Of course, a tendency to refer to long distance corridors by their end points combined with hazy memories of long distance train travel before the rise of air travel often gives a misleading impression of what the point of the long distance routes are. End to end patronage only accounts for a minority of service, with an average trip of 600 miles, which, depending upon transit speed is a trip of 12-20 hours. So much more common than end-to-end trips are trips between larger metropolitan centers along the corridor and trips between smaller rural areas and larger metropolitan centers.

The Core Compromise

The core political compromise that created the Amtrak system was between the representatives of the large, densely populated metropolitan areas of the Northeast Corridor, middle sized urban centers that relied upon corridor trains to gain access to larger metropolitan centers, and those rural areas relying upon long distance passenger trains as an important part of their access to intercity transport.

The model under which passenger rail service had been provided in much of the country was by mandating passenger rail service as a requirement for operating a railroad on a corridor, which meant that passenger rail service was effectively cross-subsidized by freight rail operations. However, after World War II, we embarked on our long project of providing massive subsidies to air transport and road transport, with substantial cross-subsidies from passenger to freight transport on our motorways laid on top of the overall subsidies to road transport, so subsidy-paying freight railroads that paid full cost plus property tax for their infrastructure were placed into competition with subsidy-receiving road freight that paid only a minority share of their largely property-tax-free infrastructure.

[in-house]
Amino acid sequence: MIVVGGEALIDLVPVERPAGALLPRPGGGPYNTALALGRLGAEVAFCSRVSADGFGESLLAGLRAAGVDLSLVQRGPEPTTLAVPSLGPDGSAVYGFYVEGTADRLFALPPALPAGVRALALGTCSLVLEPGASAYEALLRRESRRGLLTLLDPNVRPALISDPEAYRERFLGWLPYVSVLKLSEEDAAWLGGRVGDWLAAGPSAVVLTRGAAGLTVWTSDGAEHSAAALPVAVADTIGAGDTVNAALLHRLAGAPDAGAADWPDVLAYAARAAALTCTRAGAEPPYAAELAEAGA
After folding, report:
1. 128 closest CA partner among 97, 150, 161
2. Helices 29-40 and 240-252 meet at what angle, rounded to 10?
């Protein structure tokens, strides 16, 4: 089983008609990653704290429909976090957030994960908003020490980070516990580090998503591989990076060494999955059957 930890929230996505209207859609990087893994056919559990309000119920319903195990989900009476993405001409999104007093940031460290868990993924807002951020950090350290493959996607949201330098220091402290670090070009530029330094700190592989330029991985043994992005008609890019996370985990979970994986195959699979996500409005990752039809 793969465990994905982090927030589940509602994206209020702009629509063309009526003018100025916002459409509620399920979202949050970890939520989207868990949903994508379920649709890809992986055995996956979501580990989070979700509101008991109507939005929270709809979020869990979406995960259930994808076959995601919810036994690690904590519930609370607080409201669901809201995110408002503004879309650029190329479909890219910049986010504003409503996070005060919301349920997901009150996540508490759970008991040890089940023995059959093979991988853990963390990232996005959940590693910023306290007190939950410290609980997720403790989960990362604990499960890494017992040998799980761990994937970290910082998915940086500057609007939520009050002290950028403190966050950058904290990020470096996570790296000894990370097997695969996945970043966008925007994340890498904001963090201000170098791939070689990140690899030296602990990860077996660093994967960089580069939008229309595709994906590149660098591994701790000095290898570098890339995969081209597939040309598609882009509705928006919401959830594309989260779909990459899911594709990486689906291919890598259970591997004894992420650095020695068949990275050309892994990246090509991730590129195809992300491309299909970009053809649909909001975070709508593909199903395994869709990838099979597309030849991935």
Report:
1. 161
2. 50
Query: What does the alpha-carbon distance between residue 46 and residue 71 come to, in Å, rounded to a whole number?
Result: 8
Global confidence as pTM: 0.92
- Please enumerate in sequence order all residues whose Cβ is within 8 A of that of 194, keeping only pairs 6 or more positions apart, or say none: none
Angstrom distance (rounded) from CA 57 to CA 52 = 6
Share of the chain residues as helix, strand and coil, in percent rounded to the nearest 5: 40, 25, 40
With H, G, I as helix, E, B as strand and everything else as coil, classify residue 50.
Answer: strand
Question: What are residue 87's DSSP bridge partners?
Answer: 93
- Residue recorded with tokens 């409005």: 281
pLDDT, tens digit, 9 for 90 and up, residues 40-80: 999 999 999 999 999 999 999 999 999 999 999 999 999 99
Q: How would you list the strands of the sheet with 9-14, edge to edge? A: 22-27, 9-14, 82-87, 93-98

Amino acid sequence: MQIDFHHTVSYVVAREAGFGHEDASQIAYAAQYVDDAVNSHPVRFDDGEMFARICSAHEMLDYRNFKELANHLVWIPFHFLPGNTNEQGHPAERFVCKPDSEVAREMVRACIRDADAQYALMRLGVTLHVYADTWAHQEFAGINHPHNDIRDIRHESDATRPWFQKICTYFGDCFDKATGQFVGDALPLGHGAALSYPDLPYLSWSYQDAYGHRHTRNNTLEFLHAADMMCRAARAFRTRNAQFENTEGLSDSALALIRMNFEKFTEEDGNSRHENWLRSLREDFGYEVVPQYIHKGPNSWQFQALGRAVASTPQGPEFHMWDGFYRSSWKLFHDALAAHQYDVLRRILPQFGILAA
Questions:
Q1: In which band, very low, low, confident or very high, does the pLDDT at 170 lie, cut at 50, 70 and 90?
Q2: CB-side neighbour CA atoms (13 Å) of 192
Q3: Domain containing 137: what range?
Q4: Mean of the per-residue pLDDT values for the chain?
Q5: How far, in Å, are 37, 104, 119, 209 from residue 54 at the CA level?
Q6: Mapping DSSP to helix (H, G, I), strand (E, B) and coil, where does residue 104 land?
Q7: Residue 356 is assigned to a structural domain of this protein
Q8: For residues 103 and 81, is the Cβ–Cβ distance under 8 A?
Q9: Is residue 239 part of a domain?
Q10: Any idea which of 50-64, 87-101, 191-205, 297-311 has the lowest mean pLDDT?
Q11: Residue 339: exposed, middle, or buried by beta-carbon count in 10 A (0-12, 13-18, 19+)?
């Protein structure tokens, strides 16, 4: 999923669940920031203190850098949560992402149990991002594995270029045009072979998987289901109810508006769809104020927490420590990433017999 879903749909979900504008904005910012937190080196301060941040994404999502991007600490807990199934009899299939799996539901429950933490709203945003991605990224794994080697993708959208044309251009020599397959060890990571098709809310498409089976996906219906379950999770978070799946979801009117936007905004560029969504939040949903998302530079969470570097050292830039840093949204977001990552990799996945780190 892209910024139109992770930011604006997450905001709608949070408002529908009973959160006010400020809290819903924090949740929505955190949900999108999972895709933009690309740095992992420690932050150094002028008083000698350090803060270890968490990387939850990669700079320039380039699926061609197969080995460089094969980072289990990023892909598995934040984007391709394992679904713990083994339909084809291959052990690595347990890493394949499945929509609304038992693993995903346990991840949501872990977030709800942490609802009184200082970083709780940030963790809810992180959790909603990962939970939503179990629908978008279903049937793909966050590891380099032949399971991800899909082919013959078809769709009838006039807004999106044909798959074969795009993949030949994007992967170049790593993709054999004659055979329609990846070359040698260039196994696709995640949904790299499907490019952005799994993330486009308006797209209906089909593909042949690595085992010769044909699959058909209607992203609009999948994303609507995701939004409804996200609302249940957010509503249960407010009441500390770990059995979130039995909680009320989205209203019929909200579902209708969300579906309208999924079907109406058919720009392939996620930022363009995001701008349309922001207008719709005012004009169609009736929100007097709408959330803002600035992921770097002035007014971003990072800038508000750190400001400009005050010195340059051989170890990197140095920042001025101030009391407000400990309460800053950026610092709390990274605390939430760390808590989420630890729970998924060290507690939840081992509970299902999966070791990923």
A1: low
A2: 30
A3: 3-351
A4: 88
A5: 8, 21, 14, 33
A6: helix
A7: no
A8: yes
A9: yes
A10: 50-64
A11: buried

So the post-WWII era represented a long retreat by freight railroads from general freight into the heavy bulk commodity freight where their real cost advantage was so substantial that they could not be overcome by the massive subsidy advantage enjoyed by road freight. And part and parcel of that retreat was that the freight rail system became less and less suitable for the provision of effective conventional rail passenger transport.

Amtrak involved picking up the pieces of the destruction of the foundations of the original passenger rail mandate system with an agreement that if the freight railroads would allow Amtrak to use their corridors, then Amtrak would take over their mandated responsibility to provide passenger rail service.

Of course, over time Amtrak shifted from being a makeshift effort to rescue as much as possible of the benefits of the status quo passenger rail system to itself representing the status quo, so that even as levels of service funded by Amtrak ebbed and flowed with changes in political tides in Washington, we saw the accumulation of the state-subsidized corridor services, and the establishment of the formally-HSR-but-effectively-Rapid Rail “Acela” system in the Northeast Corridor.

Which is the context in which we encounter the question of what to do with the types of operating surpluses projected for the upgraded Acela II services.

As noted by Paul Druce, these surpluses could push the entire Amtrak system close to an operating break-even. On 2013 operating costs of the national train system of about $2,83b, and operating revenues of about $2.39b, that requires an operating subsidy of about $435m (or less than $1.40 per person). However the operating subsidies of the short corridor leg is being substantially reduced, so that simply pooling operating revenues and operating costs between the three legs is, in effect, a transfer from Northeast Corridor operations to long distance rail operations.